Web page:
SHORT VINCENT, a street 1 block in length between E. 9th and E. 6th streets NE, was once a colorful center of downtown Cleveland nightlife. Ofificially named Vincent Ave. NE, the street crossed farmland once held by John Vincent, and early Cleveland settler. After 1885, when the HOLLENDEN HOTEL was built, the street filled with restaurants and taverns to accommodate guests of the hotel, the back door of which faced Short Vincent. By the late 1920s the local saloons, eateries, and other small businesses became a gathering place for gamblers, sports figures, racketeers, lawyers, and newspapermen. Short Vincent offered good food, underworld gossip, and the odds on anything. It was home to such Cleveland landmarks as the Theatrical, the Taystee Barbeque, Frank Ciccia's Barbershop, the Grogshop, and Kornman's Restaurant. Morris "Mushy" Wexler opened the Theatrical in 1937, but he also ran the Empire News Service, a telegraph operation that simultaneously informed bookies around the state of changes in the line for horseracing and layoffs in football. While the north side of the street featured "respectable" businesses, the south was studded with girlie shows; the pavement between was referred to as the Gaza Strip. The ROXY (not actually on Short Vincent but near the street's junction with E. 9th) and other strip joints such as Freddie's Cafe and the French Quarter offered onlookers (particularly tourists) the opportunity to observe, and later be fleeced by, shapely bar girls.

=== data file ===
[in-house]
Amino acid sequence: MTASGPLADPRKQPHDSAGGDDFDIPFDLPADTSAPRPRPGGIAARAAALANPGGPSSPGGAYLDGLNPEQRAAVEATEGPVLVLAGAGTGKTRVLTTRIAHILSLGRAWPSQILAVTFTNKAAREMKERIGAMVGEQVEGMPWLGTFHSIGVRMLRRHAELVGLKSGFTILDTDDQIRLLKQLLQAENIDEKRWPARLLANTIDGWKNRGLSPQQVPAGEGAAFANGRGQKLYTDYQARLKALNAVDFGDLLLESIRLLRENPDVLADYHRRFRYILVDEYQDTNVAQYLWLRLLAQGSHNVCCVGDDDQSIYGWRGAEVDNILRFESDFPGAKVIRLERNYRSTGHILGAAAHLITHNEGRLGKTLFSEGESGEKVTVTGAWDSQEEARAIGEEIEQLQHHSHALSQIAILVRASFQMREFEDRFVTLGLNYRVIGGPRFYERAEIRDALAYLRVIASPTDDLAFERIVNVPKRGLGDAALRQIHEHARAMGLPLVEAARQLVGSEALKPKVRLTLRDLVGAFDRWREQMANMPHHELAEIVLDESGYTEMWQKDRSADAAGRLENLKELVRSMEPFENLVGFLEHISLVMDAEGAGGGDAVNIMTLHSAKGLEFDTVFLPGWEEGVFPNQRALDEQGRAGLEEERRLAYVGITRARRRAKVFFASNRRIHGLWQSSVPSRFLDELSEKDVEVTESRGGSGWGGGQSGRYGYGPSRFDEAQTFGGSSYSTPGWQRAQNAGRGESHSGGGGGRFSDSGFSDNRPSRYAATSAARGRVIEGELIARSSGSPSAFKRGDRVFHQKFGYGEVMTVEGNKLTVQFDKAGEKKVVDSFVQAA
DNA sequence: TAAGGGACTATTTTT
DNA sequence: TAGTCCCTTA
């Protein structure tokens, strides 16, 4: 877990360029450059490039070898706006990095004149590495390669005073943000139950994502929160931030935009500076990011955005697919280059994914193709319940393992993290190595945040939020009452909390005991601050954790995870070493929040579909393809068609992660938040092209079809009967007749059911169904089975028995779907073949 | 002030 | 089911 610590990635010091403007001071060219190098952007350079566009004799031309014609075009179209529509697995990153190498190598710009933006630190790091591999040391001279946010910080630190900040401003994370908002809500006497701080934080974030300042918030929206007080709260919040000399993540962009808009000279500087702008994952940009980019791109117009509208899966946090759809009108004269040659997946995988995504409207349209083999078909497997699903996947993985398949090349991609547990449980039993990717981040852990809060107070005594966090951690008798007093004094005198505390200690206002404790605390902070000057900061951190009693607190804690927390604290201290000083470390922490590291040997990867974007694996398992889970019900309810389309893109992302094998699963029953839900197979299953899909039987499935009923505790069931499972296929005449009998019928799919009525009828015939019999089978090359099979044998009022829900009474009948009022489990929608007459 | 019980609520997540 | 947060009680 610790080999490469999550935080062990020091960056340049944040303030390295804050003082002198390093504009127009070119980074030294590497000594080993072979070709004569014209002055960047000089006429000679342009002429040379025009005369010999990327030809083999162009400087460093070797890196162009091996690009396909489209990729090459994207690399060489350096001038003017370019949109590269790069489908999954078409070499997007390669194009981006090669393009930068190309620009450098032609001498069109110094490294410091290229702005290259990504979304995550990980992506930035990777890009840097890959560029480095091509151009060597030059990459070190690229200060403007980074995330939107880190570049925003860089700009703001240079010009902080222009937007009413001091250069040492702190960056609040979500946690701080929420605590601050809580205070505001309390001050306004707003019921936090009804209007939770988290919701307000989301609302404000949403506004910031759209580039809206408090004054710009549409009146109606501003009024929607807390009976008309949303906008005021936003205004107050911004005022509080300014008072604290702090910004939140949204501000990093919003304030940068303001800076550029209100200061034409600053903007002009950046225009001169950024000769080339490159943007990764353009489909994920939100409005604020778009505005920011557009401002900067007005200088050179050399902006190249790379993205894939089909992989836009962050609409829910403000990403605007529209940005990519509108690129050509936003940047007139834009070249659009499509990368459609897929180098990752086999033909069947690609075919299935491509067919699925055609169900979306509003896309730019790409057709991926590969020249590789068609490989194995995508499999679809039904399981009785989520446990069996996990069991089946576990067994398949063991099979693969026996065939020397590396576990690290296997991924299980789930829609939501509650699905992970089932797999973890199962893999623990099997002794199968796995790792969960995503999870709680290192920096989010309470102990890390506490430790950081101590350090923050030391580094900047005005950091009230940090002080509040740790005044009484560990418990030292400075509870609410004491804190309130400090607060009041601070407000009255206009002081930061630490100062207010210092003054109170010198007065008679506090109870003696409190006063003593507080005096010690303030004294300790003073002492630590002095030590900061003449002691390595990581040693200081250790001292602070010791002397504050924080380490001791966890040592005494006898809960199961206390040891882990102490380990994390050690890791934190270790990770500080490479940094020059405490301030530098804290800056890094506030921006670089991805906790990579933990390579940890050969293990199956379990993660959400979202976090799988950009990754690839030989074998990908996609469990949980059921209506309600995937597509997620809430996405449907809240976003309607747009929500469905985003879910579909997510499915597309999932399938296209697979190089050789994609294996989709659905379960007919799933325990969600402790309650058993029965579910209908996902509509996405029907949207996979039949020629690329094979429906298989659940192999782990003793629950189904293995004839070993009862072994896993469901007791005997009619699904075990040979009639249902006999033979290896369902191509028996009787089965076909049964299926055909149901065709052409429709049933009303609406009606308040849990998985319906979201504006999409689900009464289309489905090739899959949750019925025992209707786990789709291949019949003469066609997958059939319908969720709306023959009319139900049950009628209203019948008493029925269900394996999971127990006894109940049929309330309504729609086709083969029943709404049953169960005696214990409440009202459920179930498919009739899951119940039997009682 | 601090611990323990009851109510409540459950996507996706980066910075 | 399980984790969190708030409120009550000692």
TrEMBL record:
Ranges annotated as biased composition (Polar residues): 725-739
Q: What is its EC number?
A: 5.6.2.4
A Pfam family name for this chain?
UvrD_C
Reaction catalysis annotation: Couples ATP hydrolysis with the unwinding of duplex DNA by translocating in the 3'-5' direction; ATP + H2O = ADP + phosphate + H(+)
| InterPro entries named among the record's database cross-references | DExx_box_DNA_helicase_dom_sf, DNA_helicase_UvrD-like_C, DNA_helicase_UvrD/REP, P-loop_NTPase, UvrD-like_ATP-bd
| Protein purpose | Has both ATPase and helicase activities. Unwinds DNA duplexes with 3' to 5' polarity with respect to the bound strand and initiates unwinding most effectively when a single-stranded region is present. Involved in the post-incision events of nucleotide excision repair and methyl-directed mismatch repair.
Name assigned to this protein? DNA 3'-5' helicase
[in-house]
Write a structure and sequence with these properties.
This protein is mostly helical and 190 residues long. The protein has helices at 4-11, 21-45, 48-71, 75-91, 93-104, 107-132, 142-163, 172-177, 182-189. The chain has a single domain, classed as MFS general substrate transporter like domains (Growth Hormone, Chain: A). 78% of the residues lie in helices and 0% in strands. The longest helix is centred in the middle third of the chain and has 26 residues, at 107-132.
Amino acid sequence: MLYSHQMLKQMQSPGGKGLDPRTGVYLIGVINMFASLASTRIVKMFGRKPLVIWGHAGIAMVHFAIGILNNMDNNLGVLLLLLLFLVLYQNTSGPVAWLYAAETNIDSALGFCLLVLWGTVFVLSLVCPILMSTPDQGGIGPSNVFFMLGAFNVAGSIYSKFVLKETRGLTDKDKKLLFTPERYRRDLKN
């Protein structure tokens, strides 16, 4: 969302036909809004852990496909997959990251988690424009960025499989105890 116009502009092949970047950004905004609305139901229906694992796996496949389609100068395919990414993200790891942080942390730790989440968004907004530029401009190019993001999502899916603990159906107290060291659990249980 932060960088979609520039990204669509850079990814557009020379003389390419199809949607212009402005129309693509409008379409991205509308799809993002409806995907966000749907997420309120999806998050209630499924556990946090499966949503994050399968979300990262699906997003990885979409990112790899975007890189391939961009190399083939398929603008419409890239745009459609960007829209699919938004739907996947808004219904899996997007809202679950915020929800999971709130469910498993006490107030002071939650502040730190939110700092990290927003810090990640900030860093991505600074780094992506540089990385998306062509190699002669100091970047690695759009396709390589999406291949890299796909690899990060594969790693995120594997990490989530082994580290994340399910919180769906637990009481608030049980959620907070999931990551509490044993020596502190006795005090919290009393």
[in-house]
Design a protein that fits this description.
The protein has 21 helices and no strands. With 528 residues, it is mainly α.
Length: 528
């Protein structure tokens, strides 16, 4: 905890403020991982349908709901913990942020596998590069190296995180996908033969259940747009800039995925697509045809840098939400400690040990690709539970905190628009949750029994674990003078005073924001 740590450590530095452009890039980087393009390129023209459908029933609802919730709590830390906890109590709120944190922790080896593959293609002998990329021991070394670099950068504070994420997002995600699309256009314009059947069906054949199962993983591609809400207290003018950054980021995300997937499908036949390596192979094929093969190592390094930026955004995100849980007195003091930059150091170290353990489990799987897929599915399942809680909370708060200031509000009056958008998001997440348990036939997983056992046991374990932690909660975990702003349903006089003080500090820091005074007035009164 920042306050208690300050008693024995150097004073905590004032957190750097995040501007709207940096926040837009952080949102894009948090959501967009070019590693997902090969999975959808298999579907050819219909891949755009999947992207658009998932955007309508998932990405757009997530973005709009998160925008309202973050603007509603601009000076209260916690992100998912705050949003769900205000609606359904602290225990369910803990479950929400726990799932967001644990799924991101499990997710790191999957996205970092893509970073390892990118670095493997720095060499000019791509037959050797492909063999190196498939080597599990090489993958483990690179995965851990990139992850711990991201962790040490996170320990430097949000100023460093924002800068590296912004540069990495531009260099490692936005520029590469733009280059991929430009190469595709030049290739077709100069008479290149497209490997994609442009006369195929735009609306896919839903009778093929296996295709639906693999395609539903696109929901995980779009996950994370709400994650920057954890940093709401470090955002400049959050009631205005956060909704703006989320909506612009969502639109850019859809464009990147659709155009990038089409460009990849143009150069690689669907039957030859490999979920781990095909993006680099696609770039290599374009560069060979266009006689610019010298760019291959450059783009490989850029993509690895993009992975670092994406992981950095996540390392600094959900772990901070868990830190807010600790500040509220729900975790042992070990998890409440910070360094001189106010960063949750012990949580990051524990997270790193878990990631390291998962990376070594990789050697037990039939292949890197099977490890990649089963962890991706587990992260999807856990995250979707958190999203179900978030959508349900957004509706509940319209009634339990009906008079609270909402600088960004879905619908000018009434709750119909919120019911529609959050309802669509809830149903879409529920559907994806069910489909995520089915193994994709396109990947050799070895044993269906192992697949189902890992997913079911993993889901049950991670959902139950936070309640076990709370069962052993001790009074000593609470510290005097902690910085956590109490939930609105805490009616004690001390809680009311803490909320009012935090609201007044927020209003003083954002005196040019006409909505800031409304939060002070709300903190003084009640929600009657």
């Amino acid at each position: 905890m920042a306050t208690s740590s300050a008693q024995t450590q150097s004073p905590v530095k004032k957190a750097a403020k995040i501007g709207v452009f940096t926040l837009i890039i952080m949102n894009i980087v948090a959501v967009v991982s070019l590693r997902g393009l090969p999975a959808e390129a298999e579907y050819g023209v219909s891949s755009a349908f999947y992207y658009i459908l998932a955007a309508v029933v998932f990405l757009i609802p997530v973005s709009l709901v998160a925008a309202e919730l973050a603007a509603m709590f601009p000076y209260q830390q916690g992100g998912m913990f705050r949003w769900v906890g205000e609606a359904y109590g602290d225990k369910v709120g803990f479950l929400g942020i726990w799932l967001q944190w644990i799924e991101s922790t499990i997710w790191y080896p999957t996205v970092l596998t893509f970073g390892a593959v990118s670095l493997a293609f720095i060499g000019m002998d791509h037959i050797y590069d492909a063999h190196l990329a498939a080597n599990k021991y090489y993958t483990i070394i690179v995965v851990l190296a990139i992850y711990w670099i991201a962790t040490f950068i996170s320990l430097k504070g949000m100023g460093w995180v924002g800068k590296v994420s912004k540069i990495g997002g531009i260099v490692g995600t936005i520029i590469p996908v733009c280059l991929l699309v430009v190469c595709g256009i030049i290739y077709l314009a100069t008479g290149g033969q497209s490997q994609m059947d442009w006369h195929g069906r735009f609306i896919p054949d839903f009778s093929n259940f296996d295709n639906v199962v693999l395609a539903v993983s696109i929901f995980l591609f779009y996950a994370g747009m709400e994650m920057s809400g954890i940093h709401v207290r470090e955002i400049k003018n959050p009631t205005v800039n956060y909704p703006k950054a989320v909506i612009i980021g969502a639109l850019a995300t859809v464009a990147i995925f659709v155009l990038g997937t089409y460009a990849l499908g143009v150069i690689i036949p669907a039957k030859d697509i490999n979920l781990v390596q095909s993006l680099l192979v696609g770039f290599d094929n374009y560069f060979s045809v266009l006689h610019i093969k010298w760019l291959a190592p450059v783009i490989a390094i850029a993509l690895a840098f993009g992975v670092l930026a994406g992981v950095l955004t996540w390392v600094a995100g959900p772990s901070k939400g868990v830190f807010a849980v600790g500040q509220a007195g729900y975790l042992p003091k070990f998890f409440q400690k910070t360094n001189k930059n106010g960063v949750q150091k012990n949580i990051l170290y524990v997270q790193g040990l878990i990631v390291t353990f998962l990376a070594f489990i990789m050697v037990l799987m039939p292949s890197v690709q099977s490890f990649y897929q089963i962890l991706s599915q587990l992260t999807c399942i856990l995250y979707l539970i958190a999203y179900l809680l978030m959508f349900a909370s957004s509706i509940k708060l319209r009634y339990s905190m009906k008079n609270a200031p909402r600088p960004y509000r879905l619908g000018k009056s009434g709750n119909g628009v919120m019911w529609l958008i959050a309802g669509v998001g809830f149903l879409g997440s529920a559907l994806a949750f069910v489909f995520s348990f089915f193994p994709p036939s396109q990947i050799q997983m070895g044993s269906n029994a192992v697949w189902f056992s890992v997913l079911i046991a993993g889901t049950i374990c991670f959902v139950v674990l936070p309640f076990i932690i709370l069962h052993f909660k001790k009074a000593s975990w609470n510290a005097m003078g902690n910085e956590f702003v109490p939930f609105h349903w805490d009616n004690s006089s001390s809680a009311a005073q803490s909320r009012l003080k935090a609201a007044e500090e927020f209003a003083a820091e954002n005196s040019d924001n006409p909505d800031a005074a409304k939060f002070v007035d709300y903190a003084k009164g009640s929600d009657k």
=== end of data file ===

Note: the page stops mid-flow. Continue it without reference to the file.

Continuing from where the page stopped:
In its heyday in the 1930s and 1940s, Short Vincent was patronized by a band of newspaper reporters known as the Jolly Set. Led by CLEVELAND PRESS columnist WINSOR FRENCH, the group organized Fun for Funds, a charity bazaar, in 1953. The street was closed off, booths were set up, and a flagpole installed for Racehorse Richard Tuma, a bartender at Mickey's Show Bar, who for a month advertised the fair from his perch. On the day of the event, however, Tuma hurriedly shinnied down the pole when a tornado came to make a shambles of Short Vincent and the fair.
Despite its popularity, Short Vincent was the frequent target of civic outrage and law-enforcement-agency surveillance. The Ohio State Liquor Control Commission periodically tried to close down or suspend the licenses of the bars, while the newspapers ran exposes on the B-girls. What the forces of righteousness couldn't accomplish was finally done by urban redevelopment. By the early 1960s much of the north side was razed to make way for the Central Natl. Bank Bldg. The demolition of the south side was completed in 1978 to make way for the Natl. City Ctr.